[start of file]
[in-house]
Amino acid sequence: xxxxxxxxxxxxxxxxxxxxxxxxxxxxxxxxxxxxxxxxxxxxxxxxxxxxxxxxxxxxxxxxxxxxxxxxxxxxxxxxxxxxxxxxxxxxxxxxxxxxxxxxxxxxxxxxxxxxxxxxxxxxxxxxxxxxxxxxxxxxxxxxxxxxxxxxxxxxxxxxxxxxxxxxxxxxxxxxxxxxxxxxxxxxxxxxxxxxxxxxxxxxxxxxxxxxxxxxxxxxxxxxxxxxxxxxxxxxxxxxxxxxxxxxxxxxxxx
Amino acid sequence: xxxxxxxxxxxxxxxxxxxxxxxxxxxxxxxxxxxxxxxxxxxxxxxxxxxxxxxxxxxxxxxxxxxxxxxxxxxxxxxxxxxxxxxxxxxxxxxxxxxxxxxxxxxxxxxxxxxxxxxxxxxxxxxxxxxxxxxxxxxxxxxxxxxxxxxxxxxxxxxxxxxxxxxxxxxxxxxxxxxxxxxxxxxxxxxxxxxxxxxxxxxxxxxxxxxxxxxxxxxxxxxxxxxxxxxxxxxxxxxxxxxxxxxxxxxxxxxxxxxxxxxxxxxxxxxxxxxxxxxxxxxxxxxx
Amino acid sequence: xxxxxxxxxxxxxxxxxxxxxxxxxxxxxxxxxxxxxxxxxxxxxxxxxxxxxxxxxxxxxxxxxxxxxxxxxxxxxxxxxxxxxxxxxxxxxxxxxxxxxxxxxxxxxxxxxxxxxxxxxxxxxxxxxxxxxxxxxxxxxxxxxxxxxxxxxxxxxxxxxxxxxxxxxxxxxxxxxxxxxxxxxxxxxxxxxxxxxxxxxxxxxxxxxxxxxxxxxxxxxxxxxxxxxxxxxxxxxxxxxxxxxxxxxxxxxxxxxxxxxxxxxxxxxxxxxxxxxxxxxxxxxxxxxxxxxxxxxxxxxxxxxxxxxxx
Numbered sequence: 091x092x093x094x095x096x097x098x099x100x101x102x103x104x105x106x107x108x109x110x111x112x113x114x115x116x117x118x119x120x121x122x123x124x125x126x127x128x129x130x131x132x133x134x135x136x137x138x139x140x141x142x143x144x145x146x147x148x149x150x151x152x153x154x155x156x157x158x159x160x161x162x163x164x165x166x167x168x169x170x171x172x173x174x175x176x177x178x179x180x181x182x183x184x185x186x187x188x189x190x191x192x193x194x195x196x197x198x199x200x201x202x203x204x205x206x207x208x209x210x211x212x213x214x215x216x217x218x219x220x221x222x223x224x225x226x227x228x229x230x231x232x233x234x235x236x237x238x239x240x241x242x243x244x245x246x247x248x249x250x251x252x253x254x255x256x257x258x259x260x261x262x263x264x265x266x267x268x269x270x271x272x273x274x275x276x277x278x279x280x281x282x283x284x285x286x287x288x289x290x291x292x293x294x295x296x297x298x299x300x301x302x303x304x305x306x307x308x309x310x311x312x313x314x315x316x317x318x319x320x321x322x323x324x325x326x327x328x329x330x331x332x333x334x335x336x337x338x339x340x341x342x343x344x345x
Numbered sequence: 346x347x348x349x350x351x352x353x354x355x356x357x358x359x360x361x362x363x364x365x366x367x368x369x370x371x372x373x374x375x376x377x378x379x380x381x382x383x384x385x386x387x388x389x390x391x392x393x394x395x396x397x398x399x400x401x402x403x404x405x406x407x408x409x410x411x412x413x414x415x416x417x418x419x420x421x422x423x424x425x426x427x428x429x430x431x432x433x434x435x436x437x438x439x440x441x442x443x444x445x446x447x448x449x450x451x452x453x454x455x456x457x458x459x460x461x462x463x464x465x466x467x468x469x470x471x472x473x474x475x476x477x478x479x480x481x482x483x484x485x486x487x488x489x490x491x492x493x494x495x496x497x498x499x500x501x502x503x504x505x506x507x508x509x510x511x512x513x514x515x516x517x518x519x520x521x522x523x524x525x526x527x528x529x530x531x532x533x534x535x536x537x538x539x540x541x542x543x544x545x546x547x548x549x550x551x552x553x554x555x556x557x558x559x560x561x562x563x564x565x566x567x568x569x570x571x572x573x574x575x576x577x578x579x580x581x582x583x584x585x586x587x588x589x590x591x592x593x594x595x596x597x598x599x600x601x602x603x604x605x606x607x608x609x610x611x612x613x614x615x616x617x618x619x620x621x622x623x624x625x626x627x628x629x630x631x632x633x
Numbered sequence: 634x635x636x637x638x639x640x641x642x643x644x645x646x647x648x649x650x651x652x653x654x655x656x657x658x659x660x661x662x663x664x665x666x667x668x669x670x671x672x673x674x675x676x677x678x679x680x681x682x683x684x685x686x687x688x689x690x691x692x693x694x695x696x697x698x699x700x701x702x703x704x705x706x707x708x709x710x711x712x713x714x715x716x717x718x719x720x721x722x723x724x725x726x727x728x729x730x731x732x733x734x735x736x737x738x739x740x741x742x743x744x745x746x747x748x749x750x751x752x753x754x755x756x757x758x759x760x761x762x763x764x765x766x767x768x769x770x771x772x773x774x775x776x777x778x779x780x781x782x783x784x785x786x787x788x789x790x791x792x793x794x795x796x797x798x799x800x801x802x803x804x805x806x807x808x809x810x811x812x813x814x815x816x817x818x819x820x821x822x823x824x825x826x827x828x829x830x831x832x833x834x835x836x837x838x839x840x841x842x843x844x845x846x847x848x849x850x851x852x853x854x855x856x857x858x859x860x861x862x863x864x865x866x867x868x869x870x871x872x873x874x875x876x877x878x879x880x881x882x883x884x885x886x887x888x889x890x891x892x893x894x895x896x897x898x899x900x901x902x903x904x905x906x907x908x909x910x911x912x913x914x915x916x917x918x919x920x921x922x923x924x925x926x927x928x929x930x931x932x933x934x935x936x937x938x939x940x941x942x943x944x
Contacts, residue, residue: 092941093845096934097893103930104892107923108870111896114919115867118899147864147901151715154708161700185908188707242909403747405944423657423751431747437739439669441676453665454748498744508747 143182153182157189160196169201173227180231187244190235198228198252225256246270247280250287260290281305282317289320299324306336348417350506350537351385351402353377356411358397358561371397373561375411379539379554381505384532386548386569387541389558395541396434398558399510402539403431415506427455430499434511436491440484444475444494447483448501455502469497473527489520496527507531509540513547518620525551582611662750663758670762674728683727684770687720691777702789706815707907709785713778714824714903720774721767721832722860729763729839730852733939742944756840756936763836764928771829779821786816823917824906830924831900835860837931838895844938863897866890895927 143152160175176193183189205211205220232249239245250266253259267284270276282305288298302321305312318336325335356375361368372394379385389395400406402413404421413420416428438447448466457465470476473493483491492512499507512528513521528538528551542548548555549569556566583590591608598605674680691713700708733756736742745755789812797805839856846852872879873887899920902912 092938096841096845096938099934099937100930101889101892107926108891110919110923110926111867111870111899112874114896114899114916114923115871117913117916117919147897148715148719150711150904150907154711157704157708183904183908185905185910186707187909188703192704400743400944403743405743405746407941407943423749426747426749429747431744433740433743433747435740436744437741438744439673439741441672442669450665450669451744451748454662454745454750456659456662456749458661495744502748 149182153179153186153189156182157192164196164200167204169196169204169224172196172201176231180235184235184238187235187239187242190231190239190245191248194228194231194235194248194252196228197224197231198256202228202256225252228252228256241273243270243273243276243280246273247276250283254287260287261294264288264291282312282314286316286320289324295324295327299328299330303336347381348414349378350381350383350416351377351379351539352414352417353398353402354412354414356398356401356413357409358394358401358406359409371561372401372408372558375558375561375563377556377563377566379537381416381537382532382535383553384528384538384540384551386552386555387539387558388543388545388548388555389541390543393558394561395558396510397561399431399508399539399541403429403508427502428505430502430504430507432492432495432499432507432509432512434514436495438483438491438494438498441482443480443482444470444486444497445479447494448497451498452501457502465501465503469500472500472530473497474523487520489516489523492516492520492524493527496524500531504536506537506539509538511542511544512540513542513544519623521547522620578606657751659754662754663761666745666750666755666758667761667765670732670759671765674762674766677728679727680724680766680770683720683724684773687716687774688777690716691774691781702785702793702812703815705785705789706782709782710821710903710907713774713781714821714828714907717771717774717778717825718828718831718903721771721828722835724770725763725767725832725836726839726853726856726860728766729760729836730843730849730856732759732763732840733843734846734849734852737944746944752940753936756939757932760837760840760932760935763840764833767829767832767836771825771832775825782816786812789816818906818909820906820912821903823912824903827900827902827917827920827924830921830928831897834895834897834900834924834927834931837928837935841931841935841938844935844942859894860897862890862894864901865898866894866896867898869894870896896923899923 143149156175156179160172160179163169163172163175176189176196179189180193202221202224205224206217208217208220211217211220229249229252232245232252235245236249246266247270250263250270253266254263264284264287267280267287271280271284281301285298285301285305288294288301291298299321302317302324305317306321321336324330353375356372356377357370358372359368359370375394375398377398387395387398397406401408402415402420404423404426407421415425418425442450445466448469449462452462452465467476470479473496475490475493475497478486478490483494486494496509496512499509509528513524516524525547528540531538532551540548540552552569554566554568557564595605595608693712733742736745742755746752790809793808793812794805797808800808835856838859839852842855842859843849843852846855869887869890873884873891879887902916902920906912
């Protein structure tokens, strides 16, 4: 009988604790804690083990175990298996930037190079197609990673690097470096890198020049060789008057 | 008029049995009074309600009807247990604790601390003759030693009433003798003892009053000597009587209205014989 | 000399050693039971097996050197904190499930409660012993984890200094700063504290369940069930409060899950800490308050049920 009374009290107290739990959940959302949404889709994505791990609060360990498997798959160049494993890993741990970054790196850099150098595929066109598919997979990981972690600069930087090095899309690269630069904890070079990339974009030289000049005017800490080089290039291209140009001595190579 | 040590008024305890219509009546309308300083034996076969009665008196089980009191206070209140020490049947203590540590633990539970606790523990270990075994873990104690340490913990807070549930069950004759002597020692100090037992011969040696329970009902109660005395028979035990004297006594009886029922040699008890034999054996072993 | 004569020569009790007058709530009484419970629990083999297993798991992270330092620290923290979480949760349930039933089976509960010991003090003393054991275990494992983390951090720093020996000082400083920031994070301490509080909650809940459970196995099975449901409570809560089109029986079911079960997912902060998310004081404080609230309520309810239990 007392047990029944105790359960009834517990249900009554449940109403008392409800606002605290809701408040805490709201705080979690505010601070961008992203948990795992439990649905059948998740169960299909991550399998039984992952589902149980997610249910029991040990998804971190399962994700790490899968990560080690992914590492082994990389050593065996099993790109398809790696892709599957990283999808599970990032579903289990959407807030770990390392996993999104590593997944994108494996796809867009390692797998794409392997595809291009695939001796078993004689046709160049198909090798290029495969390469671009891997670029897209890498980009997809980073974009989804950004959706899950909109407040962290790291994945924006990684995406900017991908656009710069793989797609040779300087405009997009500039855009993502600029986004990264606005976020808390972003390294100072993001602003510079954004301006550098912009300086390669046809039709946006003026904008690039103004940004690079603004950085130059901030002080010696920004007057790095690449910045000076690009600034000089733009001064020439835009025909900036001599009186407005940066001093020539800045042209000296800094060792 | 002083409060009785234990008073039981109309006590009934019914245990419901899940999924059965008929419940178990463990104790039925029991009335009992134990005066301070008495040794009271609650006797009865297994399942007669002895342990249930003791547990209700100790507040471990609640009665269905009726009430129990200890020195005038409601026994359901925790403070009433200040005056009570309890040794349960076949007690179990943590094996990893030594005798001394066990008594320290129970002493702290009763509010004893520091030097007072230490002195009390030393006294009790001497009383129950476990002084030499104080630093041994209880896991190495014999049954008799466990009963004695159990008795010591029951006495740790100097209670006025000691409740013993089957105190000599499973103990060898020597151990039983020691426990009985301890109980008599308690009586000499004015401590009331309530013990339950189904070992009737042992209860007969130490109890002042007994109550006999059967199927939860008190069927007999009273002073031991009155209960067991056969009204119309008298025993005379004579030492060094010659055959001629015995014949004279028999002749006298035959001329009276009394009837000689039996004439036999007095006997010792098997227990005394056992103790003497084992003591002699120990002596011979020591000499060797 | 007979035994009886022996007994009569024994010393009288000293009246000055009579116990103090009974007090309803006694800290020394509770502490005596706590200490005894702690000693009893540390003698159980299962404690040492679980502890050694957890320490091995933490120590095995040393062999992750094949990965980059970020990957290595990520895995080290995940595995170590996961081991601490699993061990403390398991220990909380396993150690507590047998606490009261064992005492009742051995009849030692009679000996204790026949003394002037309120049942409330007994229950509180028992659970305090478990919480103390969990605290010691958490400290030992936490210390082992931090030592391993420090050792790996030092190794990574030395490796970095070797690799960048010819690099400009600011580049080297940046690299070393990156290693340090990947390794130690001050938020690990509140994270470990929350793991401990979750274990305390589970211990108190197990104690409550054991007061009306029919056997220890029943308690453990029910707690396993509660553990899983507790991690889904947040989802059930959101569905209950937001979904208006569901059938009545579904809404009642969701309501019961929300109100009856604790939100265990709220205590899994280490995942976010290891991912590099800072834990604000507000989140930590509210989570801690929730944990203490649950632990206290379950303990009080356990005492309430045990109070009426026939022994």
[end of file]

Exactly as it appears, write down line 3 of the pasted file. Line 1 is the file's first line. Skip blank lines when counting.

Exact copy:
Amino acid sequence: xxxxxxxxxxxxxxxxxxxxxxxxxxxxxxxxxxxxxxxxxxxxxxxxxxxxxxxxxxxxxxxxxxxxxxxxxxxxxxxxxxxxxxxxxxxxxxxxxxxxxxxxxxxxxxxxxxxxxxxxxxxxxxxxxxxxxxxxxxxxxxxxxxxxxxxxxxxxxxxxxxxxxxxxxxxxxxxxxxxxxxxxxxxxxxxxxxxxxxxxxxxxxxxxxxxxxxxxxxxxxxxxxxxxxxxxxxxxxxxxxxxxxxxxxxxxxxxxxxxxxxxxxxxxxxxxxxxxxxxxxxxxxxxx